Monday, June 8, 2015

Dr. Mirus Slams Latin Mass; His Donors UNANIMOUSLY Slam Him

Odium est vae tibi

Puritanism: The haunting fear that someone, somewhere may be celebrating the Latin Mass.

For reasons known best to himself, Jeffrey Mirus, the founder of the Catholic Culture website and its parent organization Trinity Communications, yesterday fully "came out" against the Latin Mass. It's notable that someone who takes such obvious enjoyment in explaining in lengthy and almost pharisaical detail precisely what Vatican II did and didn't say (and in addition how the documents of the Council itself are completely consistent with Church tradition and if you disagree you're a Nazi) would so firmly take a position so far beyond what the Council documents actually declared and that arguably contradicts the views of John XXIII and a majority of the Council fathers.

But hatred of traditionalists is a powerful force that can make some people say or do almost anything, no matter how stupid or crazy. If Michael Matt says X, then Not X must be true. Dr. Mirus hasn't gone full Michael Coren quite yet, but don't be surprised if a few years from now you see him sneaking into an Episcopalian meeting house with a full-figured priestess.

It might be the only way he can escape the resurgence of the Latin Mass.

The particularly annoying thing about his piece is his argument that Latin is too hard. It's too hard for seminarians to learn. (Or it's not being taught in the seminaries anymore and changing that would be too hard.) It's too hard for non-Europeans to say. It's too hard for those assisting Mass to understand what's going on. Apparently Dr. Mirus is unfamiliar with the concept of a Latin-English Missal, or thinks it too hard to for most people to read the English part of it, or whatever.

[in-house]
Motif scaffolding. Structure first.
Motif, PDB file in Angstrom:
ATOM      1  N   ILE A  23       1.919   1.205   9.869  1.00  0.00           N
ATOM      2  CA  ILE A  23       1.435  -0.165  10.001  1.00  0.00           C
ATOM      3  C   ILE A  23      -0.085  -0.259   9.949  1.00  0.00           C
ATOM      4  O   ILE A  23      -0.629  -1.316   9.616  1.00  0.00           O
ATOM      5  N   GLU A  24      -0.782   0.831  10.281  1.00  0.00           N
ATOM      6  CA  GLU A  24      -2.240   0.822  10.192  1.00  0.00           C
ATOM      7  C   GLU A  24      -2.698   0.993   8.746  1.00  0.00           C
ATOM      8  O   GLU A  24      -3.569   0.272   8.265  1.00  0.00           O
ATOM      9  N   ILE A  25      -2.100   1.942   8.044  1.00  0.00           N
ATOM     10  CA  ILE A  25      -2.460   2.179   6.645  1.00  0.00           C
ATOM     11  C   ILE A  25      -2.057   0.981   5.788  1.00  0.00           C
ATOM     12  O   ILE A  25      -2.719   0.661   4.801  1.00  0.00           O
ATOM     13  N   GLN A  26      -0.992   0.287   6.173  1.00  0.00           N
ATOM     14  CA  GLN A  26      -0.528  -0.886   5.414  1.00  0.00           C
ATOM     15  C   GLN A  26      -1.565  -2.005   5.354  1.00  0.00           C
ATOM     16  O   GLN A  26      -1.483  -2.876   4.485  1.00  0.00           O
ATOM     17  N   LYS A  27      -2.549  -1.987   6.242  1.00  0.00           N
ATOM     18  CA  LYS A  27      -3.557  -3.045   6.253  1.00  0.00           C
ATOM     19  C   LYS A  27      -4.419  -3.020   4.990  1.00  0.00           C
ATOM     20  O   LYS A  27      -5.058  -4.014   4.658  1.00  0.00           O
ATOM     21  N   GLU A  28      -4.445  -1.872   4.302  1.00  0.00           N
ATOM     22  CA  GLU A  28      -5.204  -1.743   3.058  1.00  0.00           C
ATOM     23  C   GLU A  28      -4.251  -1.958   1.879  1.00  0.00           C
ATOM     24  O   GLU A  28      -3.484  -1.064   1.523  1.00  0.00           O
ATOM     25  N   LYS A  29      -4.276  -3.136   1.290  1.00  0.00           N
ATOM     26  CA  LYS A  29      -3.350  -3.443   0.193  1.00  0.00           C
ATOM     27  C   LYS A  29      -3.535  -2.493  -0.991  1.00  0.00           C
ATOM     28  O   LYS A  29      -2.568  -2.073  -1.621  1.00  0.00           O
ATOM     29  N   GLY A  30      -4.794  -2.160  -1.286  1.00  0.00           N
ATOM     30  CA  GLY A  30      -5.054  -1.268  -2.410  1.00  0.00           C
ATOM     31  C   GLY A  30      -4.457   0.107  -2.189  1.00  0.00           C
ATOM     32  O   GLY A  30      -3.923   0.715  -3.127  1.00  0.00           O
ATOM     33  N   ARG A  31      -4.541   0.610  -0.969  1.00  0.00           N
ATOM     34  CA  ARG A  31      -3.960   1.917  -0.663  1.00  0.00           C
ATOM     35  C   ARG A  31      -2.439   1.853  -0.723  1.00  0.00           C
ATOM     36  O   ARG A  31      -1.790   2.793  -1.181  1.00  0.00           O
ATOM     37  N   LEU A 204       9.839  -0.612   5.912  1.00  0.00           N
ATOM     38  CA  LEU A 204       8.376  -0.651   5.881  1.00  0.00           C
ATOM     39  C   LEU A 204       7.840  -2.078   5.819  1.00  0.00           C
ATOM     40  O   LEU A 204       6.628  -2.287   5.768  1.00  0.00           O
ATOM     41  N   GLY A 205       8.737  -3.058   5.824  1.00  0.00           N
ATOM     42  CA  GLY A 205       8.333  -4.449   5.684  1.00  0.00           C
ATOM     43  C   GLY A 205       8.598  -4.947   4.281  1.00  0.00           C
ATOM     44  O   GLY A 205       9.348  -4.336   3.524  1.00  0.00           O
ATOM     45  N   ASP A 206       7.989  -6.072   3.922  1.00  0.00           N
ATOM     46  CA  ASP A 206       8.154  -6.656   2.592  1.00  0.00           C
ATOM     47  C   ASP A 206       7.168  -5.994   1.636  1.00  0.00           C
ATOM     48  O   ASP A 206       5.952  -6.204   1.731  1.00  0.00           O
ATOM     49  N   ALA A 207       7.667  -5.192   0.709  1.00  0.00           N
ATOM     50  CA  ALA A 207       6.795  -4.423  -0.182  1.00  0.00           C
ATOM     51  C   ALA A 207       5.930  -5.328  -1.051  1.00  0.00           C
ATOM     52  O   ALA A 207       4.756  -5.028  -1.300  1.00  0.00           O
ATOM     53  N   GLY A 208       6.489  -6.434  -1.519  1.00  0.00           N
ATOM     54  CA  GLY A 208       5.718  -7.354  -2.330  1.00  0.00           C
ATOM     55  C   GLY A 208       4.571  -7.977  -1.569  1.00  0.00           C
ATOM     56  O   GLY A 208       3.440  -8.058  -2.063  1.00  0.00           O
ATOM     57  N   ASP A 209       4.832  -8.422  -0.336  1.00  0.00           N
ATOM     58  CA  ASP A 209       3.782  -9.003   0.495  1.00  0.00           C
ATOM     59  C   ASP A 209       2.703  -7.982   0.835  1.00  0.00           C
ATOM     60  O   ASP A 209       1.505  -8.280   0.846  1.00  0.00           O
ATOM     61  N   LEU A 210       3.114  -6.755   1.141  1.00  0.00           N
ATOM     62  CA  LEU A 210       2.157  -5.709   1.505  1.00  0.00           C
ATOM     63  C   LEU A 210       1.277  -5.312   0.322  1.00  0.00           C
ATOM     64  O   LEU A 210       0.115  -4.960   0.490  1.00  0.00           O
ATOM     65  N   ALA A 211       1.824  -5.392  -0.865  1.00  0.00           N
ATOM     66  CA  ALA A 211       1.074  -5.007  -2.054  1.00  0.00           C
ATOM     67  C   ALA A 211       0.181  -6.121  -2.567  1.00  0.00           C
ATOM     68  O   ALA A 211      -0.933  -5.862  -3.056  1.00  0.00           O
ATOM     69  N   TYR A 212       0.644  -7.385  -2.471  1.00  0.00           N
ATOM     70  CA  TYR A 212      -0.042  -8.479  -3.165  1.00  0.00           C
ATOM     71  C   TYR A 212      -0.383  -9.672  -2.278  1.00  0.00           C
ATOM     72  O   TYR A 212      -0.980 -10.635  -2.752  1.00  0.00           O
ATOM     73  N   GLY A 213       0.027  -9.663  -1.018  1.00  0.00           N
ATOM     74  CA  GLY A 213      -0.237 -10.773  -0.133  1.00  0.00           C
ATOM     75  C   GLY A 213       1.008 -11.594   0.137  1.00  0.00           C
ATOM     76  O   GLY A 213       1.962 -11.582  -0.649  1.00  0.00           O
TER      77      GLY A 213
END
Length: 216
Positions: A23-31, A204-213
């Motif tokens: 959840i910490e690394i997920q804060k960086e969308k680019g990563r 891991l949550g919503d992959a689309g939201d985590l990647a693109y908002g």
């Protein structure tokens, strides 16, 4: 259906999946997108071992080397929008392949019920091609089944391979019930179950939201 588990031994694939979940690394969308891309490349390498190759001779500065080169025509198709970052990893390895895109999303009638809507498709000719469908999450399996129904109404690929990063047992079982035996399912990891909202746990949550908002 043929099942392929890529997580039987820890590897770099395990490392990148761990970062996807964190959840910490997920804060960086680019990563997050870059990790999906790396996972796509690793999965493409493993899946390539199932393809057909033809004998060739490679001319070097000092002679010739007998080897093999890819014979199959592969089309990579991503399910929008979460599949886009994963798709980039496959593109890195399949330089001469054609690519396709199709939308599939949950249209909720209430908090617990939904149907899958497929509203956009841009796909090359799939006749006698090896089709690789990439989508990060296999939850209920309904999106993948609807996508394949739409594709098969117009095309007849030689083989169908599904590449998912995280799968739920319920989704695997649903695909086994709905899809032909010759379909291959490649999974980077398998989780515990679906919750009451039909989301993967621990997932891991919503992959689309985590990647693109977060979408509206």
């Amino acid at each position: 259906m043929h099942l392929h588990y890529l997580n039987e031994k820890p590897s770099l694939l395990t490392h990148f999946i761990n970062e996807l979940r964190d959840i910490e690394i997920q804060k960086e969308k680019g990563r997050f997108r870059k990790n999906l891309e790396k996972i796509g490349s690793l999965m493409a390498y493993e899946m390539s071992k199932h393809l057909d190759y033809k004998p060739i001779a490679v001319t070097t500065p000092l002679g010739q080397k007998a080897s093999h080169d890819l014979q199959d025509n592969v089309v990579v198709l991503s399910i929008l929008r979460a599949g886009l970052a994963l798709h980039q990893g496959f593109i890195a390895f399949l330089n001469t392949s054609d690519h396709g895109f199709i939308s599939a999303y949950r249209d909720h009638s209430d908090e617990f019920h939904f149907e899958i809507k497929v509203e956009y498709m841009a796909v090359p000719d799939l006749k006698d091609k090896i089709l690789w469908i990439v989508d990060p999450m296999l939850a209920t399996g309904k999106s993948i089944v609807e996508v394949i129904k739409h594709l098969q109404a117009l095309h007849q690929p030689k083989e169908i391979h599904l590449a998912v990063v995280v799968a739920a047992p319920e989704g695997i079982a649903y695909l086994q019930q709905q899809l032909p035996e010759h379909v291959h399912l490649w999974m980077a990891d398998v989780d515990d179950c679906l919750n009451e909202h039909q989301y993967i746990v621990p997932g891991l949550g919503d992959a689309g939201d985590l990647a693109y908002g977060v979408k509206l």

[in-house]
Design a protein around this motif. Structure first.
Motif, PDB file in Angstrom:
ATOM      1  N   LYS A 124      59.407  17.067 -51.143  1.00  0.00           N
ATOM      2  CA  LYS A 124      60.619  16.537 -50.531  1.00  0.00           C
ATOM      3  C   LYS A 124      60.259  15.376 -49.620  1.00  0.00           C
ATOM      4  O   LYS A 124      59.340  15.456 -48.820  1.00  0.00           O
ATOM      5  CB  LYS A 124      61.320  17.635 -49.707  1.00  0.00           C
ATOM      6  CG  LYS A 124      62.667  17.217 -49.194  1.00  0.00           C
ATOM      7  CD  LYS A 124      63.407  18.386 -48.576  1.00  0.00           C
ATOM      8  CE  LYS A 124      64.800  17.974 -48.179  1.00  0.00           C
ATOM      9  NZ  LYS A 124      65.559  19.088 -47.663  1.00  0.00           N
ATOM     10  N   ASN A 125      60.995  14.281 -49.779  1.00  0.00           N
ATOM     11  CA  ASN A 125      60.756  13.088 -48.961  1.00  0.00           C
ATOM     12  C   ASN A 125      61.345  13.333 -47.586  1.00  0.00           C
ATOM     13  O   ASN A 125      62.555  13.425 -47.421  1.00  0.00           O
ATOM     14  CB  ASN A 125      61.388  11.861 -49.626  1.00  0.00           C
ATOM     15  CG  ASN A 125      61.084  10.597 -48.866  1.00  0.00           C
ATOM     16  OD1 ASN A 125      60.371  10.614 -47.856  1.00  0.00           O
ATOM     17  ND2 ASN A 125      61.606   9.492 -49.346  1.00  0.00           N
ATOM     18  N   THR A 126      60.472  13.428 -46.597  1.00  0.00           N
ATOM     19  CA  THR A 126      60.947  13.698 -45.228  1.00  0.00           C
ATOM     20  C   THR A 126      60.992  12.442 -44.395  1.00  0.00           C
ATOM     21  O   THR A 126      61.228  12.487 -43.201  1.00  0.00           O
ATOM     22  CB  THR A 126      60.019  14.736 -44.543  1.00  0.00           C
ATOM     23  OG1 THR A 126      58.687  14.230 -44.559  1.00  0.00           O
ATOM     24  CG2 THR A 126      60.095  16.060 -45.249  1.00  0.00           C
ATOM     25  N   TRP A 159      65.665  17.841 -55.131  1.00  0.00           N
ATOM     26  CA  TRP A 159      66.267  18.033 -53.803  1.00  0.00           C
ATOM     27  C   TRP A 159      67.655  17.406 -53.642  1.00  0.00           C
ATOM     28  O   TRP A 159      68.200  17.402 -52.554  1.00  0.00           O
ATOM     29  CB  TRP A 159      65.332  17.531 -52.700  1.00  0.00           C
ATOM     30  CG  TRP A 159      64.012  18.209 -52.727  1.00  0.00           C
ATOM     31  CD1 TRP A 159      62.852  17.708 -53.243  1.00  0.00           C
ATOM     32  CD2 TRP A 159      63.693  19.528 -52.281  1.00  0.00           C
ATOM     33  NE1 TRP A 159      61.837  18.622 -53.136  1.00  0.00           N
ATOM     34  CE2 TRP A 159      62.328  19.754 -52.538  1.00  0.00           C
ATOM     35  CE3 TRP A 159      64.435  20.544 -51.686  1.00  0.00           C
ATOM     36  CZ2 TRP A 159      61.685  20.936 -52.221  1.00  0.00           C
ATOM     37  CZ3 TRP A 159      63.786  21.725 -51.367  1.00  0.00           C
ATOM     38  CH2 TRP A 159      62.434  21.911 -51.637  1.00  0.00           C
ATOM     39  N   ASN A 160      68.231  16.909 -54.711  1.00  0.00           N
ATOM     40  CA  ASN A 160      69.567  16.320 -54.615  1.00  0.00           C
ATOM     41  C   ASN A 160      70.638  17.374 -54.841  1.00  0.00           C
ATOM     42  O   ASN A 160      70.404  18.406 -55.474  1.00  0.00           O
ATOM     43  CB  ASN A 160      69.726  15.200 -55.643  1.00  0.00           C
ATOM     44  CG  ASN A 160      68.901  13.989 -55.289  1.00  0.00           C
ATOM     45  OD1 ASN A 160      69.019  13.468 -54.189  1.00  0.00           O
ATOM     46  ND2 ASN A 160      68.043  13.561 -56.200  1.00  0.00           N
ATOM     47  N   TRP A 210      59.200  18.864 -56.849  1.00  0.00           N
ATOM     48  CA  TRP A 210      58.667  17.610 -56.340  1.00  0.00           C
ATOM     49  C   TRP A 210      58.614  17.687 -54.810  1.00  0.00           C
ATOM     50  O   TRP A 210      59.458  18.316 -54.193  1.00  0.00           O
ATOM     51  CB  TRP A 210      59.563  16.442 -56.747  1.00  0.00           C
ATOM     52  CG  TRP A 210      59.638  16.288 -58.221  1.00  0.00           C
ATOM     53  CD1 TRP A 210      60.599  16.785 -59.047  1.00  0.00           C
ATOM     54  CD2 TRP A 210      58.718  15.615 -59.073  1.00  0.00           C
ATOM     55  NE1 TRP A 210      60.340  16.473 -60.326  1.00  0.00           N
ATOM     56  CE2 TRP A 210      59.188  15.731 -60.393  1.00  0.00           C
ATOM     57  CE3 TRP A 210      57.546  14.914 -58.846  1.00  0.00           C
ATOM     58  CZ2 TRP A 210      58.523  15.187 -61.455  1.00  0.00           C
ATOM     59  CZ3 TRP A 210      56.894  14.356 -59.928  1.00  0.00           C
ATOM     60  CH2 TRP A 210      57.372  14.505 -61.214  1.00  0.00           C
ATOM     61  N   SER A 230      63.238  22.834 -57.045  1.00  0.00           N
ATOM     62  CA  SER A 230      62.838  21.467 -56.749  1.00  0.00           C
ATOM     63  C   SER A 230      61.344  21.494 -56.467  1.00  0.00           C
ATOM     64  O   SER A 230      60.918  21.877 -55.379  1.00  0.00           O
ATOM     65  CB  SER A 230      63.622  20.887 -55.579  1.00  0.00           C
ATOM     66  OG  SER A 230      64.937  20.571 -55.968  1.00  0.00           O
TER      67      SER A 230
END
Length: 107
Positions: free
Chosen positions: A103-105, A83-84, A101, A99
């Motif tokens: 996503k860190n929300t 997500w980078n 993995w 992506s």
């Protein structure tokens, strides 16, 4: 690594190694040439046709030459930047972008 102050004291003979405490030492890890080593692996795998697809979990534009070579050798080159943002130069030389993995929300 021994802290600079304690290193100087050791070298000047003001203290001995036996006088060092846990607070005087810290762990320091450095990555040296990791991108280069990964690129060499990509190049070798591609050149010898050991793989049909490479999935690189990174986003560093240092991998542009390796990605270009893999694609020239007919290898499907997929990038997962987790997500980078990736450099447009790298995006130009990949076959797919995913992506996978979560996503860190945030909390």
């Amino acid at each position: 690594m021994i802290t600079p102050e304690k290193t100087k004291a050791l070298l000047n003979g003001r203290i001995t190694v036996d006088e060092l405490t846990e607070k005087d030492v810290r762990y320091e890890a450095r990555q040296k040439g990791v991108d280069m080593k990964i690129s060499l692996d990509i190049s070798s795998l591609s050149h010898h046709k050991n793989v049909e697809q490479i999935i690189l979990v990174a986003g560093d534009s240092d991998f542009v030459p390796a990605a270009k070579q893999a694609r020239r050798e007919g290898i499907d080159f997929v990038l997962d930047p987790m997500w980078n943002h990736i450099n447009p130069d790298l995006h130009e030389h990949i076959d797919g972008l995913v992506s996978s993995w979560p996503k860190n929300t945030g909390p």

Catholicism for babies.

You want a missal? Here, take this board book with colorful pictures. None of the words are more than four letters long. See, you can even touch the picture of the priest. It's made out of the same felt as your actual priest's cassock.

But here's something amazing: Every single comment on the post disagreed with his position.

This may not seem that remarkable, but for Catholic Culture it is. The moderators are in the habit of making traditionalists feel unwelcome, either by deleting their posts, or writing snarky responses (guess how I know that). And if you're a traditionalist, you're probably not going to get a lot of support from the other people who comment. Plus, and most importantly, in order to comment (or "sound-off" as they call it on the site), you need to be a donor to Catholic Culture. This tends to encourage a certain conformity.

But Mirus's anti-Latin Mass post was slammed in ten out of ten comments. I've never seen anything like that on Catholic Culture. It must be some sort of a record. And I'm almost surprised that Dr. Mirus let them all through.

Here are excerpts from all ten: